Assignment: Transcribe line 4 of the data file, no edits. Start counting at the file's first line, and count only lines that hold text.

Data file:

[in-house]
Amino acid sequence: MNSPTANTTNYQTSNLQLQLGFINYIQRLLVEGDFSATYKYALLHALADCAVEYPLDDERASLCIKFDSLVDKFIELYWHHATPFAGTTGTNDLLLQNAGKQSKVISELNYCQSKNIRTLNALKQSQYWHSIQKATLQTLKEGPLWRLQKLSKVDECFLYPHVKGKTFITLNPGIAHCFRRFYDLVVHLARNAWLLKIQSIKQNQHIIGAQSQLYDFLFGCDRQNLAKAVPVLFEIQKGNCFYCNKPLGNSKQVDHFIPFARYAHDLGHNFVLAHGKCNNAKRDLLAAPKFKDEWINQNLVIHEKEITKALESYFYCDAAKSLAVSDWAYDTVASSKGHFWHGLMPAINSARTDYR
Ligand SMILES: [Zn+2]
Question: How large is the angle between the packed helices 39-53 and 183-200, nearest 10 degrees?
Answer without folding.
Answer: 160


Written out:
Question: How large is the angle between the packed helices 39-53 and 183-200, nearest 10 degrees?